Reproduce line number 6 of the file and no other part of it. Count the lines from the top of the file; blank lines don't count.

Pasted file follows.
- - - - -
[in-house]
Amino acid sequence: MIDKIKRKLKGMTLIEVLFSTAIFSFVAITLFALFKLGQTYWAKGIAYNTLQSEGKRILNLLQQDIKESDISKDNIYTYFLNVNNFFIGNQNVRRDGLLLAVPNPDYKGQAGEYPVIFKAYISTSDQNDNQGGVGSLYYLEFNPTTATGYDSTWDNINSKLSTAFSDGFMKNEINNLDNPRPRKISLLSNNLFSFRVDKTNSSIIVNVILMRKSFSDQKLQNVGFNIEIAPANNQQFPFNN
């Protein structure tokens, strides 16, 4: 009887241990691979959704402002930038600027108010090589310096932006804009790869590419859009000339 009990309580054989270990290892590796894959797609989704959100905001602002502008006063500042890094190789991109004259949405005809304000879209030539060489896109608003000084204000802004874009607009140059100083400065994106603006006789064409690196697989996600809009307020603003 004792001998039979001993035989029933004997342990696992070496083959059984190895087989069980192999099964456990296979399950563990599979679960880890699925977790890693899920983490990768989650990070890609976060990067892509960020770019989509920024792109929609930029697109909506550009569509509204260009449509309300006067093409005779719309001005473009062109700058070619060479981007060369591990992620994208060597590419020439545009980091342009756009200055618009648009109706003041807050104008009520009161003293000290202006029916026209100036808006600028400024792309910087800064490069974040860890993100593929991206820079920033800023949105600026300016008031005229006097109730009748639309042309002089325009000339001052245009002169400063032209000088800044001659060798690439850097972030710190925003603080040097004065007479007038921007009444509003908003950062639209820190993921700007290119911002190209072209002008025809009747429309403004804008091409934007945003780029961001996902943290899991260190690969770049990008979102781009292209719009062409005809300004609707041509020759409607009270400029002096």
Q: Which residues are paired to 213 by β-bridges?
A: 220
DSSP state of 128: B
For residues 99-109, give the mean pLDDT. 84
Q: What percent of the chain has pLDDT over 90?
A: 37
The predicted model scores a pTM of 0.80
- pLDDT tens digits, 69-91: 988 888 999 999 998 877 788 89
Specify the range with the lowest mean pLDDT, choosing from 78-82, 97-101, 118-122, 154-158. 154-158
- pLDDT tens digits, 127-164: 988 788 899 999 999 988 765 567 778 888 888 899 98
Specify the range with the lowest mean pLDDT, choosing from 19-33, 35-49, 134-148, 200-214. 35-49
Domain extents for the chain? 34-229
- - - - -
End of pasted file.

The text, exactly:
DSSP state of 128: B